A Practical Guide to Development in the Green Belt

There are 6 main steps to consider when a proposed development lies within a Green Belt. We’ve provided a practical guide to considering a proposal against these steps whether you’re a developer or a fellow town planner, along with a simple downloadable FLOW CHART.

This guide will give you an understanding of what a Council or Planning Inspector will look at when determining a planning proposal within a Green Belt.  Green Belt issues are complex so if you’re looking to progress a proposal within the Green Belt you may need the assistance of an experienced Town Planner.

People sometimes confuse Green Field (i.e. land which has not been built on) with Green Belt, people often think a site is Green Belt purely because its not developed on, this is inaccurate and Green Field development does not need to consider the following steps.  A Council’s Policy Plan should have Green Belt allocations clearly shown.

STEP 1: Is the Development Inappropriate?

In considering planning applications for development in the Green Belt unless a proposed development falls within specified categories (paragraphs 146-147 of the National Planning Policy Framework (the Framework)), development will constitute inappropriate development in the Green Belt. Inappropriate development in the Green Belt can only be justified where there are very special circumstances to override the harm to the Green Belt by reason of inappropriateness, and any other harm caused by the proposed development.

Be aware that even if a proposed development is not inappropriate development in the Green Belt, that does not mean that it must be granted planning permission. It may be unacceptable in planning terms, when assessed against non-Green Belt development policies

STEP 2: Should effects on openness be further considered?

Impact on openness (visual and spatial) is implicitly taken into account in Step 1 categories unless there is a specific requirement to consider the actual effect on openness. Therefore, for those exceptions within paragraph 145 where the effect of the development on openness is not expressly stated as a factor in evaluating inappropriateness, there is no requirement to assess the impact of the development on the openness of the Green Belt.

If the development is ‘inappropriate’ you should consider what the effect would be on openness, if this has not already been considered an integral part of considering whether a development type is inappropriate.

STEP 3: Would there be any other harm?

As with any development proposal non-Green Belt issues should be considered.  A proposal should be determined in accordance with the development plan unless material considerations indicate otherwise. Check the development plan to assess your scheme against adopted policies.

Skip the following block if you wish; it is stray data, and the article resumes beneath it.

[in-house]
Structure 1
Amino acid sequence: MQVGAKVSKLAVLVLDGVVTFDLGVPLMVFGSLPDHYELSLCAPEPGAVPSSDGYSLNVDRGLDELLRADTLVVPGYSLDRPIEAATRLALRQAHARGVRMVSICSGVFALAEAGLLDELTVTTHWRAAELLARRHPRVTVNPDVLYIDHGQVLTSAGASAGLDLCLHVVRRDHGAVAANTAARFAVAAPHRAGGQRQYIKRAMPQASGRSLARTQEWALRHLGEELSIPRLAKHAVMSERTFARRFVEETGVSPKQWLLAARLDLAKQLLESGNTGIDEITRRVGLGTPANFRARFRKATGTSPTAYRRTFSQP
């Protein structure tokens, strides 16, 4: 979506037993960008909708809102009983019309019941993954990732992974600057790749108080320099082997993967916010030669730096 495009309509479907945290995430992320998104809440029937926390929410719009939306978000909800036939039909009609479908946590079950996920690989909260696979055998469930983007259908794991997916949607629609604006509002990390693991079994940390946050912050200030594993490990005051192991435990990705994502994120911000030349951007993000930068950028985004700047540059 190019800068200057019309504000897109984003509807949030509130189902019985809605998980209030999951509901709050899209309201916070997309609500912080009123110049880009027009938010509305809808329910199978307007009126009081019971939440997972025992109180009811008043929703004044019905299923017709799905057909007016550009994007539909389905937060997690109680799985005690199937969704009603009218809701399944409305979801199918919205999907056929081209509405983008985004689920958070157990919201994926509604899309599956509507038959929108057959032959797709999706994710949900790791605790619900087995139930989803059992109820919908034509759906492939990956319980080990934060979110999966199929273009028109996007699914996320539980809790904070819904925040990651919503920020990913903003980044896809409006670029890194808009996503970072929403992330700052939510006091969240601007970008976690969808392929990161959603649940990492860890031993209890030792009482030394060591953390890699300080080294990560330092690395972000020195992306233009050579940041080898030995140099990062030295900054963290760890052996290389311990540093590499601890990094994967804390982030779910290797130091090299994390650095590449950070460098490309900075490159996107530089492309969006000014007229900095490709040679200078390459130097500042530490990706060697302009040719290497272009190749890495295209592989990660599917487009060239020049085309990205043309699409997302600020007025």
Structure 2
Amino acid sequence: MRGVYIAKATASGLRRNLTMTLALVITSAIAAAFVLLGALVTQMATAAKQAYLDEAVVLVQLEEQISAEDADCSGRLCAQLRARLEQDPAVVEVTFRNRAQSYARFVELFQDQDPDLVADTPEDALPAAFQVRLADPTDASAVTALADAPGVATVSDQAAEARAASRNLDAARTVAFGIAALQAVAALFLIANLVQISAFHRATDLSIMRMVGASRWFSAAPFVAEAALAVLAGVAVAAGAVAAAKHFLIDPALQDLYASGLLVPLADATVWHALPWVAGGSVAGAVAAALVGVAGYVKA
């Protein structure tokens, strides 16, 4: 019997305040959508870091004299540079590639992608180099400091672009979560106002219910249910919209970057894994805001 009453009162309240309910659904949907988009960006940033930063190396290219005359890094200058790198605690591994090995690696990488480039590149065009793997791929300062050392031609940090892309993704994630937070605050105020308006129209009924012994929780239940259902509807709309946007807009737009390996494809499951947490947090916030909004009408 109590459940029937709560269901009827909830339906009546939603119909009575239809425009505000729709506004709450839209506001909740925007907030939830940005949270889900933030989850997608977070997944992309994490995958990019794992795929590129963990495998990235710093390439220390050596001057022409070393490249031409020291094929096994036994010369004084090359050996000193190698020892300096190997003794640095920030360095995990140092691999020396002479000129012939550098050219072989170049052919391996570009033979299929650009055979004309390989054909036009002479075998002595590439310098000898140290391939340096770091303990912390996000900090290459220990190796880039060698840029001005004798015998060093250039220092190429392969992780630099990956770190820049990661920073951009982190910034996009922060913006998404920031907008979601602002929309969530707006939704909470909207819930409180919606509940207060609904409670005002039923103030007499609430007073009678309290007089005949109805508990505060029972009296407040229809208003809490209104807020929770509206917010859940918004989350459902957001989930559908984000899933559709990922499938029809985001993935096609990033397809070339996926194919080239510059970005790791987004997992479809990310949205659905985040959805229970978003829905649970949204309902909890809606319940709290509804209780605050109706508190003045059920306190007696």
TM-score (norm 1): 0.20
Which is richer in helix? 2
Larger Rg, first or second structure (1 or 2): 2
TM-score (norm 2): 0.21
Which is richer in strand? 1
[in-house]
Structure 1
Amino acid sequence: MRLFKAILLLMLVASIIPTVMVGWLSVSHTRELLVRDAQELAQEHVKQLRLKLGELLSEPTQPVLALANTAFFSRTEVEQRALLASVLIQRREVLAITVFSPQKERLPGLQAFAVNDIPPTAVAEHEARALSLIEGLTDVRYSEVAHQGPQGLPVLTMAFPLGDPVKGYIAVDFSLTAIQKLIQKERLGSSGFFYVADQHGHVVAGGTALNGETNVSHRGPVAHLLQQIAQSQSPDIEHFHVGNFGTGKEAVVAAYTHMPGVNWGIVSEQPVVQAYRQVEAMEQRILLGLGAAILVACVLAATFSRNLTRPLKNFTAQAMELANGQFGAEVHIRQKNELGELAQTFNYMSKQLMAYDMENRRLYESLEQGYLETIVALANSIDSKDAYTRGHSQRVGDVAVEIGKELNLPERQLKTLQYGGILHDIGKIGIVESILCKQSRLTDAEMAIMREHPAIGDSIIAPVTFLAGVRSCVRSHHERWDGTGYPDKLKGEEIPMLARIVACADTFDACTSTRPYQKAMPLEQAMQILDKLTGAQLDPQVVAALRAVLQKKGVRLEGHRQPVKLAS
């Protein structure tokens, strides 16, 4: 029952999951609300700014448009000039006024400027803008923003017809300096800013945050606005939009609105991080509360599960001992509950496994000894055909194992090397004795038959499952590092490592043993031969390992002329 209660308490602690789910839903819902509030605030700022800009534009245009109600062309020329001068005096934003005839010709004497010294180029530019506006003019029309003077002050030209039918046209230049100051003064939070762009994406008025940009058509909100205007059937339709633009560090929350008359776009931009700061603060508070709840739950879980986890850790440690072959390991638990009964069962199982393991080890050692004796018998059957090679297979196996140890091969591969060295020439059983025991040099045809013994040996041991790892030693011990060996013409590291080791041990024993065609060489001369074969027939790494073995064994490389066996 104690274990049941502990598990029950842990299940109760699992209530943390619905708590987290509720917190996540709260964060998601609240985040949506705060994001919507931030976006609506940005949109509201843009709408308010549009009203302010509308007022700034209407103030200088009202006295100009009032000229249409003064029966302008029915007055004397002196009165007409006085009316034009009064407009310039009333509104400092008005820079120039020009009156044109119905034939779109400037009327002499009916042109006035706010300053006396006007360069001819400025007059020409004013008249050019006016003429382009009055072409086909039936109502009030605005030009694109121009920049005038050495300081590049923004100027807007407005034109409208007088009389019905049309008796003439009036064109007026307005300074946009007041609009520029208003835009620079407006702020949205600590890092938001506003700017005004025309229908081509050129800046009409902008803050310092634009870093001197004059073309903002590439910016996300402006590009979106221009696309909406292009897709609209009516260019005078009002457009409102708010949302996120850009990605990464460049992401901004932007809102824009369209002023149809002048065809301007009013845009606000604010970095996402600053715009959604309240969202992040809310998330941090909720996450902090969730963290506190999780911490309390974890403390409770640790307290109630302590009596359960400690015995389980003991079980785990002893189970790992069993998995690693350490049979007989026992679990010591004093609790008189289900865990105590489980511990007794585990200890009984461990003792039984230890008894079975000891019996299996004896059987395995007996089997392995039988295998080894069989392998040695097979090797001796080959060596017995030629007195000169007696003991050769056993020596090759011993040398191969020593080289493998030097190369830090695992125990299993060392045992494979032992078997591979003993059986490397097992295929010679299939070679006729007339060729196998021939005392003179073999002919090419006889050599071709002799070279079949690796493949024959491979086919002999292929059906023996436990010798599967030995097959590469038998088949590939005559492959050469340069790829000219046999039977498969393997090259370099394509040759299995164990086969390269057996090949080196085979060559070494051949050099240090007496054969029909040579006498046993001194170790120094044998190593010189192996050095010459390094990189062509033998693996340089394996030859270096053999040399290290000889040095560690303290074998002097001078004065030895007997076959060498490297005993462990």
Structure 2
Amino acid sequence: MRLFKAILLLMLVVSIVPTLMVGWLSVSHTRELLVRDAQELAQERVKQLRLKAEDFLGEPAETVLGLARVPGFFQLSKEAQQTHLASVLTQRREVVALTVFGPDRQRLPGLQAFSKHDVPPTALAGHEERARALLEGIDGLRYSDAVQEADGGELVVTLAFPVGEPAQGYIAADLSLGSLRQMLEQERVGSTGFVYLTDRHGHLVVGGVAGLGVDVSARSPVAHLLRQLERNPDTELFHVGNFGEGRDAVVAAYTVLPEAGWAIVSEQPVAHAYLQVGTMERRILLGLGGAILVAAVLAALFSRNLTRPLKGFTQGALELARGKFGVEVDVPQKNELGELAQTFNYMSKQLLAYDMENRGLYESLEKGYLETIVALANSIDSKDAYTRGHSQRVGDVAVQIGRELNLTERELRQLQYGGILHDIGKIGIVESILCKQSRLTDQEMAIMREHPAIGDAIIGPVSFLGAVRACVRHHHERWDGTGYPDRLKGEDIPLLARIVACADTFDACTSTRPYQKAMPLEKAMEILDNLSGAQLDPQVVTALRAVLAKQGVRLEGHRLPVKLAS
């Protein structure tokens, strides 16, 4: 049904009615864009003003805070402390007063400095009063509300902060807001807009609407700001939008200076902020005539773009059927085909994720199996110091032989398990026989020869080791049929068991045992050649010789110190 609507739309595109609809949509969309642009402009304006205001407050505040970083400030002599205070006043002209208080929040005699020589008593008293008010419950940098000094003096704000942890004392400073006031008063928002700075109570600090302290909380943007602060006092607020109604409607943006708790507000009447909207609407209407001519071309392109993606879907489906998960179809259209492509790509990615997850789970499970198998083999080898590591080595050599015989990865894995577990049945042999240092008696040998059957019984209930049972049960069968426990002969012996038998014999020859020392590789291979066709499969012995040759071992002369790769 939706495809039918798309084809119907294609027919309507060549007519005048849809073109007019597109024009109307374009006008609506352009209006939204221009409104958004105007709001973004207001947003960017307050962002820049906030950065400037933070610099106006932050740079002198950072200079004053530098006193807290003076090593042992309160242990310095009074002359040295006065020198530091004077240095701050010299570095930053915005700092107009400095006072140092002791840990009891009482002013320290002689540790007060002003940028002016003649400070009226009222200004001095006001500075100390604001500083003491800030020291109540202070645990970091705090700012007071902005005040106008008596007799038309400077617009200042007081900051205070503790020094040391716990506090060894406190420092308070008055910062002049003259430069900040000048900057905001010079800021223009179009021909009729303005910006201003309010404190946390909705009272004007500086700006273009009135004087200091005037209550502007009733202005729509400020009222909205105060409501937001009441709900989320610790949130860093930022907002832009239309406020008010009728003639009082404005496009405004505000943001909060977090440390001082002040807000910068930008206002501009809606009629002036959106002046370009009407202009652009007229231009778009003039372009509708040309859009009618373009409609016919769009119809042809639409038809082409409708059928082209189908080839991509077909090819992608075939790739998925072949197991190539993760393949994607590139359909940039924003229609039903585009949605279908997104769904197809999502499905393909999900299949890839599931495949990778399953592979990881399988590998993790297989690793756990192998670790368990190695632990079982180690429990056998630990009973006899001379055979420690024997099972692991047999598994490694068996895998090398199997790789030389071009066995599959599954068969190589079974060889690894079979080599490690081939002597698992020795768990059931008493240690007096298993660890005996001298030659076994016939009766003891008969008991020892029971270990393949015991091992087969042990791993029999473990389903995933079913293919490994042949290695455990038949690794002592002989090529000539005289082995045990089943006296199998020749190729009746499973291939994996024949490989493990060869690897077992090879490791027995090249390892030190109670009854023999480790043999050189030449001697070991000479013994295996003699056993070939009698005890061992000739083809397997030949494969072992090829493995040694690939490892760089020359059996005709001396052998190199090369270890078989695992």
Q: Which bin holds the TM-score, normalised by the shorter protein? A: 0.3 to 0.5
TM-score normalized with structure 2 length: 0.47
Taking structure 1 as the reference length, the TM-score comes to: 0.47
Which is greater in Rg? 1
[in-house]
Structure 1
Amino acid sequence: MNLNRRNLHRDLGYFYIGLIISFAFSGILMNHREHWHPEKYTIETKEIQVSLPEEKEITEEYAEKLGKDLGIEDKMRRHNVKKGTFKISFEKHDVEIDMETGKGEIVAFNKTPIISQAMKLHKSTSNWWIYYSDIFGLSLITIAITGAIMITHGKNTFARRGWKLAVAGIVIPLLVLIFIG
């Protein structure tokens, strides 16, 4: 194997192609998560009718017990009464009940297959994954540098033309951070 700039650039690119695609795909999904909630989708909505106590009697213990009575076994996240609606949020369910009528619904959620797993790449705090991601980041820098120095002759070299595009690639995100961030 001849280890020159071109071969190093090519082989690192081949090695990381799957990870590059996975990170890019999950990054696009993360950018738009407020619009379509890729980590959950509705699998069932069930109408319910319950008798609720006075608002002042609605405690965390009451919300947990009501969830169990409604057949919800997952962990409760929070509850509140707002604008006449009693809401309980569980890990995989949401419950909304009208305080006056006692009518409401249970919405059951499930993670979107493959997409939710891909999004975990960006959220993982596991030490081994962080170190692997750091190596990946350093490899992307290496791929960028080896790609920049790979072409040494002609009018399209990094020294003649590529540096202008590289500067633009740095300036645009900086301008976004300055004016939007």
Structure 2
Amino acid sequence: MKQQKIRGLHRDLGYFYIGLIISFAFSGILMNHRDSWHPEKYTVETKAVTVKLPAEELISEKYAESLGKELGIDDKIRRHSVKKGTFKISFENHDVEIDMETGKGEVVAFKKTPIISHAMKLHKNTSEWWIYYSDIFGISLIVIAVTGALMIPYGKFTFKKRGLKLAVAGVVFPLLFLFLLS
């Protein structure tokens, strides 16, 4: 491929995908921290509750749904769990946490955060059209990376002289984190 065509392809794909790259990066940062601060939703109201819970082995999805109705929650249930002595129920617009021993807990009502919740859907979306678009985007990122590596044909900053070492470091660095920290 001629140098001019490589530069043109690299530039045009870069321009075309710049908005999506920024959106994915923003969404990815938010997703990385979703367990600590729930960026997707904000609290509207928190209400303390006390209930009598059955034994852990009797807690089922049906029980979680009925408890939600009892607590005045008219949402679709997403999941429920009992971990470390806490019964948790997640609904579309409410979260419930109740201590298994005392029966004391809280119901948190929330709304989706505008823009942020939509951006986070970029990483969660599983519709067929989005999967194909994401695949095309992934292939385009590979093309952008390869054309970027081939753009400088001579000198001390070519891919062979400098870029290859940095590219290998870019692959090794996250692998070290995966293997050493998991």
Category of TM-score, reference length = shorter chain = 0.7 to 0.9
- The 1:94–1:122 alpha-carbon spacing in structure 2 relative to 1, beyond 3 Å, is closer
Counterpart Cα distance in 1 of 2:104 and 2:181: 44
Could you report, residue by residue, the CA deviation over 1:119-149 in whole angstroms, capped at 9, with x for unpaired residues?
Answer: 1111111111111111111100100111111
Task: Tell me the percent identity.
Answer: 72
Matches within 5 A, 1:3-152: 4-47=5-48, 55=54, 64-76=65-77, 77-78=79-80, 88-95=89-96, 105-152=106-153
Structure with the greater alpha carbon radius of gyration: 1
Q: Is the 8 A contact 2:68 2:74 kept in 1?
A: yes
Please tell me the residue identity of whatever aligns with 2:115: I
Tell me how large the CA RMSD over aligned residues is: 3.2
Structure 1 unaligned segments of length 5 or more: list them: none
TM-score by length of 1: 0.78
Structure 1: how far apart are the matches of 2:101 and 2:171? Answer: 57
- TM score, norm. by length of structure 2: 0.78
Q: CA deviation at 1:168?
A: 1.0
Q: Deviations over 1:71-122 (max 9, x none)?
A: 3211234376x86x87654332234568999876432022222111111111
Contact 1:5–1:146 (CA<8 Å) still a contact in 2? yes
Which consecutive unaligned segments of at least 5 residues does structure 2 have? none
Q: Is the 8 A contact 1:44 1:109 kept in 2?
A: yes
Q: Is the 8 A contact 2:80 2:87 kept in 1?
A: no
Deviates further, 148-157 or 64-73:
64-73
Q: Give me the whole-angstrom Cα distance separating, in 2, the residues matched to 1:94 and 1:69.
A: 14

STEP 4: Are there any ‘other considerations’ which weigh in favour of the development?

‘Other considerations’ do not have to be rare or uncommon to be special.  There is no restriction on what might be considered as an ‘other consideration’.  Issues could include:

  • personal circumstances (for example relating to accommodation, health, education, or family life);
  • the existence of a fallback position – for example, permitted development rights or an extant planning permission;
  • visual or environmental improvements – for example, the removal of existing buildings might be argued to improve appearance and/or increase openness;
  • economic benefits;
  • meeting a need for a particular type of development (for example, a rural worker’s dwelling, tourist accommodation, housing, telecommunications equipment etc); or
  • the lack of a suitable site for the development outside the Green Belt.

STEP 5: Apply the Green Belt Balancing Exercise

This stage is about balancing the combined weight of any ‘other considerations’ against the totality of the harm to ascertain if the weight of the ‘other considerations’ ‘clearly outweighs’ the harm.  This balancing exercise is one of judgement.

STEP 6: Do ‘very special circumstances’ exist?

If the ‘other considerations’ do not clearly outweigh the totality of the harm, ‘very special circumstances’ cannot exist. The Framework is clear that ‘substantial weight’ should be given to any harm to the Green Belt and therefore it’s not sufficient for ‘other considerations’ to merely outweigh the harm.

How can we help with a Green Belt application?

If all this is making your head hurt then it might be something you want to get help with. Although we’ve provided this practical guide we know the process can take you into complex areas of planning and may be something that you wish to seek assistance with.  A town planner can help you through this process, take a look at our blog on When to Hire a Town Planner and our download on choosing a Town Planner.

If you need any help with the application process then please get in touch.


Related Content:

Take a look at our eBook on Application Process for more details on the planning process.

Knowing your options should you receive a refusal for your planning proposals is important, guess what…we’ve covered this in an eBook about Appeals.

practical guide to green belt development